While the term “truth to power” has its roots in dissidents rising up against authoritarian rule, the principle is very relevant in a family governance context.
“Sure we have family governance – we have a board with all of the owners, plus the family lawyer and accountant”. That would have to be the most common and also the worst model for family governance. It’s the knee-jerk response – a family understands that they need some independents on the board, so they make a quick phone call and bring in the family’s most commonly used trusted advisors.
Would families benefit from having those voices around the board table? Of course. Do they provide the independent and external voices needed at the family board table? Absolutely not.
Good governance relies on independent and external people at the board table – that applies to companies, organisations, and families. Service providers like lawyers an accountants usually know the business and the family members inside out, so don’t have a sufficiently external perspective. They are financially compensated for ongoing services provided, which may limit the things they are prepared to say, and makes them far from independent. Finally, they would have formed relationships with the incumbent generation, and may not have as strong a relationship with members of the rising generation. Their presence at the table can reinforce the existing family power imbalance, and be an impediment to open communication.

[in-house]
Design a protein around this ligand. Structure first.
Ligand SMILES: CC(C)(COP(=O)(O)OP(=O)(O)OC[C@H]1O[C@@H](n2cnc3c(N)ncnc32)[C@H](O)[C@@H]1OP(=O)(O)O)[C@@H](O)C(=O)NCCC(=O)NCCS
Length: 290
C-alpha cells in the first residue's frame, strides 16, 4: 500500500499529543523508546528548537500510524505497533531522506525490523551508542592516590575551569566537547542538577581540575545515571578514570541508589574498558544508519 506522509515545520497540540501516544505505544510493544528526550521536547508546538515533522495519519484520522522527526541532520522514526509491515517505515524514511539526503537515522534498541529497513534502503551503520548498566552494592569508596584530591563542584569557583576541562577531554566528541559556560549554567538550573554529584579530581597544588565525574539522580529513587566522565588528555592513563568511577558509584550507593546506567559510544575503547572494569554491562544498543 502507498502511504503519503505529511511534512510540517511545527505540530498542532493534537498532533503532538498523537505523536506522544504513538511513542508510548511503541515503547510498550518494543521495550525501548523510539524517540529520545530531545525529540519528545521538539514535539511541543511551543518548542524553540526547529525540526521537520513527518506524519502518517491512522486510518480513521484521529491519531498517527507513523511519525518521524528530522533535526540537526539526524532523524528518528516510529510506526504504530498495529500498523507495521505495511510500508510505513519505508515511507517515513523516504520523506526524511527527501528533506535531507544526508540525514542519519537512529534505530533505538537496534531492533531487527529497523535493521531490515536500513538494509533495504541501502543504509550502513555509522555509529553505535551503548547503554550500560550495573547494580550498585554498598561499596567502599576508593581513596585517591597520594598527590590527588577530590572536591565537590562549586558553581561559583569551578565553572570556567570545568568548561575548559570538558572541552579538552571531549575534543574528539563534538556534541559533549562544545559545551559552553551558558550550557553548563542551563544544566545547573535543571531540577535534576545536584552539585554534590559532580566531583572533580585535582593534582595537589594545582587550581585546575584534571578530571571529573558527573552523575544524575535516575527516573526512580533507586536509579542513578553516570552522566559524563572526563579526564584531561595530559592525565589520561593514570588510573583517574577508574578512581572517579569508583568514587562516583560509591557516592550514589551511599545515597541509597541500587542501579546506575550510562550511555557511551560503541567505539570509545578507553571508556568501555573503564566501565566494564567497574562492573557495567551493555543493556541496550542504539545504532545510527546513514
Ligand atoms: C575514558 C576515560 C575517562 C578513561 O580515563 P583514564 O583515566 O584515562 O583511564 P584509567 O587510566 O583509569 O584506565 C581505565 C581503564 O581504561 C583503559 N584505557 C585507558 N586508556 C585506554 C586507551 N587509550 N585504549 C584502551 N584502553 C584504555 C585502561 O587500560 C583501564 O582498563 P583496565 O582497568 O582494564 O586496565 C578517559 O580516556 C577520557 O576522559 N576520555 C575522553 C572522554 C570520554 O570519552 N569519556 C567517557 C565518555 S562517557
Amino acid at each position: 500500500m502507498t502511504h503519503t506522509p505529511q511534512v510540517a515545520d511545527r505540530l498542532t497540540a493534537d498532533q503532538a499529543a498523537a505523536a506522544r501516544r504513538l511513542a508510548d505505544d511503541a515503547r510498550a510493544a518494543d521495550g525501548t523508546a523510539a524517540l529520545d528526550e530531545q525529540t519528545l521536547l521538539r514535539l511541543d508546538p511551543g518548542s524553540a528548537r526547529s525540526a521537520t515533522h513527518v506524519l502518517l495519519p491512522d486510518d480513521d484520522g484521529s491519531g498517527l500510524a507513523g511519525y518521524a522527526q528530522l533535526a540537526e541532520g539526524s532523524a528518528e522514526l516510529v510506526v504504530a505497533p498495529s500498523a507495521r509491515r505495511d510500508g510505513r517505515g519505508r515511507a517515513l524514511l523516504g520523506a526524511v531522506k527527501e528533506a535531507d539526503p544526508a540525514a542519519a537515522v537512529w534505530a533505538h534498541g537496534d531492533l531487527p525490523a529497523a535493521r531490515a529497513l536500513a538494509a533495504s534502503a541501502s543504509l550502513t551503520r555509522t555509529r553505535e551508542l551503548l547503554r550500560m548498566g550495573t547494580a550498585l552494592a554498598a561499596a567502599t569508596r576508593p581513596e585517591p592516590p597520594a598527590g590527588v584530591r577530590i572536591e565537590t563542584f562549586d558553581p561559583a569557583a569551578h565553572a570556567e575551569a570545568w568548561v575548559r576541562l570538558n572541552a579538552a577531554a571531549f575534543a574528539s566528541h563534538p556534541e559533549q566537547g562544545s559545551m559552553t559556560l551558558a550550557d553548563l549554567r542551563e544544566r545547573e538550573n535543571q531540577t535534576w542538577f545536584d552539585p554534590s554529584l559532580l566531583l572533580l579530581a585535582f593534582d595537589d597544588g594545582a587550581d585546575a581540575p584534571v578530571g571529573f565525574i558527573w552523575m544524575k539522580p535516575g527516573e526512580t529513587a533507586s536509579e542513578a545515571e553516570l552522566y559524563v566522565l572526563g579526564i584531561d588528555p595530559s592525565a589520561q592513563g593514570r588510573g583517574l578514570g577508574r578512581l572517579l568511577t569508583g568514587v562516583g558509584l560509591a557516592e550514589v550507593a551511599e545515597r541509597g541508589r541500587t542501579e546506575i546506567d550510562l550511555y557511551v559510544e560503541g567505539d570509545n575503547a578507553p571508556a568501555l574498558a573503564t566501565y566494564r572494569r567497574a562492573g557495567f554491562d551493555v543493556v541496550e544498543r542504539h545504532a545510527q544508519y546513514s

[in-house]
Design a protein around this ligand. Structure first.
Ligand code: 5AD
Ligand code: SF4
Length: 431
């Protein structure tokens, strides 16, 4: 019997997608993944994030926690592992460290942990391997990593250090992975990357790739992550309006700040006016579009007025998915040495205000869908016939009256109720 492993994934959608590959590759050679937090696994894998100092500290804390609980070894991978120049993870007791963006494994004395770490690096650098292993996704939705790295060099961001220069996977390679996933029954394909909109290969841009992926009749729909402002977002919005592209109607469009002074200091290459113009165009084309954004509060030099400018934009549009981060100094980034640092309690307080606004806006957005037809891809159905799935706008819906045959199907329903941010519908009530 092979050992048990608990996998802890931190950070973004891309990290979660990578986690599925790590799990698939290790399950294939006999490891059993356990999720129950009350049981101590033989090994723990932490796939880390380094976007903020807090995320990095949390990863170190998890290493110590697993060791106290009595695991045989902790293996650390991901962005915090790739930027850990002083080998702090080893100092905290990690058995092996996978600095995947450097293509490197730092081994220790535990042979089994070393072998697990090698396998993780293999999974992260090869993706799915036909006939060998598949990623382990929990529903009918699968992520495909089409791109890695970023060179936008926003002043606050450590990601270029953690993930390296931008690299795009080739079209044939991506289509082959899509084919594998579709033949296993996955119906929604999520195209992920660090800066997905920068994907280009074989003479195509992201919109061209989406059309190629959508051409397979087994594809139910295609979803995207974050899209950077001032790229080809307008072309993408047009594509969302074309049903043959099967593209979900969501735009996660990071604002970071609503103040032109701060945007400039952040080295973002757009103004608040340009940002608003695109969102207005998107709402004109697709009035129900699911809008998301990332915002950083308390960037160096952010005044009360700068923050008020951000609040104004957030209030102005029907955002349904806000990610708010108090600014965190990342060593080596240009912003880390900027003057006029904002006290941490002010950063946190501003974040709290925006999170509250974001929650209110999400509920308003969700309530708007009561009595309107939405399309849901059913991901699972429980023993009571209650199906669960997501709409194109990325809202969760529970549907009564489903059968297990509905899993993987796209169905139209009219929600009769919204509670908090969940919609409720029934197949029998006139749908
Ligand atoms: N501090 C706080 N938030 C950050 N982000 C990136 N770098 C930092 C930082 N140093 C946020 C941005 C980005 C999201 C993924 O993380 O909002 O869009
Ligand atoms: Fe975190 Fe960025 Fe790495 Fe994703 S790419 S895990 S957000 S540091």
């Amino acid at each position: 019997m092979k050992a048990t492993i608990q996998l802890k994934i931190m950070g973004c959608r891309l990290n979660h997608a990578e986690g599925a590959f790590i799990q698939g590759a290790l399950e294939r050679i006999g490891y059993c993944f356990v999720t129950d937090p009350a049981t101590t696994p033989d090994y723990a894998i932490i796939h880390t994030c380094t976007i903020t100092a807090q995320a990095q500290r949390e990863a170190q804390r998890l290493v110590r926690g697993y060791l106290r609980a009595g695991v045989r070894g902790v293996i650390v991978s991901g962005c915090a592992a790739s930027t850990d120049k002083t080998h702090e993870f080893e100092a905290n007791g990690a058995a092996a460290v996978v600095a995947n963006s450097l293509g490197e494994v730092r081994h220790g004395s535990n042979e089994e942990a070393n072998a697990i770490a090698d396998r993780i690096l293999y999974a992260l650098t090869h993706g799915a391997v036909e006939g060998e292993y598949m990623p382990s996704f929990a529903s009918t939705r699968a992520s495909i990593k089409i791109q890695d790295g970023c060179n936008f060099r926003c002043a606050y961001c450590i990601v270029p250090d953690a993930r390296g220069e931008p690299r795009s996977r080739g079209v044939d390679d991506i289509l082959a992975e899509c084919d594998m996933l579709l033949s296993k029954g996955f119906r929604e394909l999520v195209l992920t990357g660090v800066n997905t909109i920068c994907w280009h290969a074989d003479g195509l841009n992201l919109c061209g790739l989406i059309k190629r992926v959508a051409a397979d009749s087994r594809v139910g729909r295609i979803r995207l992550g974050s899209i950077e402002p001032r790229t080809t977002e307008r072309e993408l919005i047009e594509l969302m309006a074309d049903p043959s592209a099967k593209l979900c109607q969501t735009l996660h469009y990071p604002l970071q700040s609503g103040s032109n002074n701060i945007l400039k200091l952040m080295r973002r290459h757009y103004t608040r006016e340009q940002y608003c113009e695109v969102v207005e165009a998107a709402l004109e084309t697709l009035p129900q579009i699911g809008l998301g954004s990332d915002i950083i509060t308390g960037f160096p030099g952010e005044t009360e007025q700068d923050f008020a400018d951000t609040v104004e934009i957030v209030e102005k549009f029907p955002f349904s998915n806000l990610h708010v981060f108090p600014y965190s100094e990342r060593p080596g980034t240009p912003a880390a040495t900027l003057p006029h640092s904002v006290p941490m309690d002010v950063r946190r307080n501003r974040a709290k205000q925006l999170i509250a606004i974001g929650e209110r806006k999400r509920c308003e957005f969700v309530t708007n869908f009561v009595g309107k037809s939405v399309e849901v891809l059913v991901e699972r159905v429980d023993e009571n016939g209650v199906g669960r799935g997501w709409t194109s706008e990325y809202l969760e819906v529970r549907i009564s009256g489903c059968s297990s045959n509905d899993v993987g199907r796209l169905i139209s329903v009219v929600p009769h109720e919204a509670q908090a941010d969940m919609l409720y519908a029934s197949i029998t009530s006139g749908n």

Open communication is essential for family harmony. Any family meeting has not just the family members at the table, but decades of family baggage. When people speak (if they choose to speak), their message is tainted by family perceptions and dynamics that have built up over time. But everyone’s voice is important, and needs to be heard. The solution is to have an externals at the table (at least the chair) to ensure everyone is comfortable asking questions, speaking up, and thrashing issues out in the open. The last thing anyone wants is for the chair to ask “Any questions”, be met with total silence because no-one wants to say what they really think, and then after the meeting there is a flurry of back-chatter where people actually say what they needed to say.
Effective family advisors have no “skin in the game”, and for an advisor that is a positive. They must straddle a line where they are close enough to the family to understand the context and the family issues and dynamics at play, yet emotionally distant enough to be able to facilitate the family to address their challenges. Effective family advisors are empowered to speak truth to power. They say what needs to be said, when it needs to be said, in front of everyone who needs to hear it.
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David talks about the importance of family advisors being able to say what needs to be said, when it is need to be said in a place where everyone who needs to hear can hear it.
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